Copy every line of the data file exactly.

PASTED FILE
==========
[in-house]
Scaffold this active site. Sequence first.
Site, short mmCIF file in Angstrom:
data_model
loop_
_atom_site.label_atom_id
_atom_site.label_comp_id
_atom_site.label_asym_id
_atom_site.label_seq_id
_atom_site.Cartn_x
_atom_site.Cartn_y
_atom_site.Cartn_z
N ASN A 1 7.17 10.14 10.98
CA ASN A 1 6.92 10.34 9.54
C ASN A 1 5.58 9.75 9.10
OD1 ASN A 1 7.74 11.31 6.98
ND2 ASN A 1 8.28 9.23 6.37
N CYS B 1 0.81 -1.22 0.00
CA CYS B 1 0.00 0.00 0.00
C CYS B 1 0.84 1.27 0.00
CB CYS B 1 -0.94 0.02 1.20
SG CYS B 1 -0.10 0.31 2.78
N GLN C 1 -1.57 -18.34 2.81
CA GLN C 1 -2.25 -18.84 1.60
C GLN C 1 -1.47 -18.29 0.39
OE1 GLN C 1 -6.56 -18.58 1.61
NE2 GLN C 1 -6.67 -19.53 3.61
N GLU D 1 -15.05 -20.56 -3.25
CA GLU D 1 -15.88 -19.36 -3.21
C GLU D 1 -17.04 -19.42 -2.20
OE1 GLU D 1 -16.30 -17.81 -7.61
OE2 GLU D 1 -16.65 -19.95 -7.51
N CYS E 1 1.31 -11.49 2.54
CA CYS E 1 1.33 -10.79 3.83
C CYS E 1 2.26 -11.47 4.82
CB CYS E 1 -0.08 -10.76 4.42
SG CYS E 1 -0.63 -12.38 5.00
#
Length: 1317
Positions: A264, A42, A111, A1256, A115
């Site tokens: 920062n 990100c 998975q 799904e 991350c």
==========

[in-house]
Scaffold this active site. Sequence first.
Site, short mmCIF file in Angstrom:
data_model
loop_
_atom_site.label_atom_id
_atom_site.label_comp_id
_atom_site.label_asym_id
_atom_site.label_seq_id
_atom_site.Cartn_x
_atom_site.Cartn_y
_atom_site.Cartn_z
N ASN A 1 7.17 10.14 10.98
CA ASN A 1 6.92 10.34 9.54
C ASN A 1 5.58 9.75 9.10
OD1 ASN A 1 7.74 11.31 6.98
ND2 ASN A 1 8.28 9.23 6.37
N CYS B 1 0.81 -1.22 0.00
CA CYS B 1 0.00 0.00 0.00
C CYS B 1 0.84 1.27 0.00
CB CYS B 1 -0.94 0.02 1.20
SG CYS B 1 -0.10 0.31 2.78
N GLN C 1 -1.57 -18.34 2.81
CA GLN C 1 -2.25 -18.84 1.60
C GLN C 1 -1.47 -18.29 0.39
OE1 GLN C 1 -6.56 -18.58 1.61
NE2 GLN C 1 -6.67 -19.53 3.61
N GLU D 1 -15.05 -20.56 -3.25
CA GLU D 1 -15.88 -19.36 -3.21
C GLU D 1 -17.04 -19.42 -2.20
OE1 GLU D 1 -16.30 -17.81 -7.61
OE2 GLU D 1 -16.65 -19.95 -7.51
N CYS E 1 1.31 -11.49 2.54
CA CYS E 1 1.33 -10.79 3.83
C CYS E 1 2.26 -11.47 4.82
CB CYS E 1 -0.08 -10.76 4.42
SG CYS E 1 -0.63 -12.38 5.00
#
Length: 1317
Positions: A264, A42, A111, A1256, A115
């Site tokens: 920062n 990100c 998975q 799904e 991350c």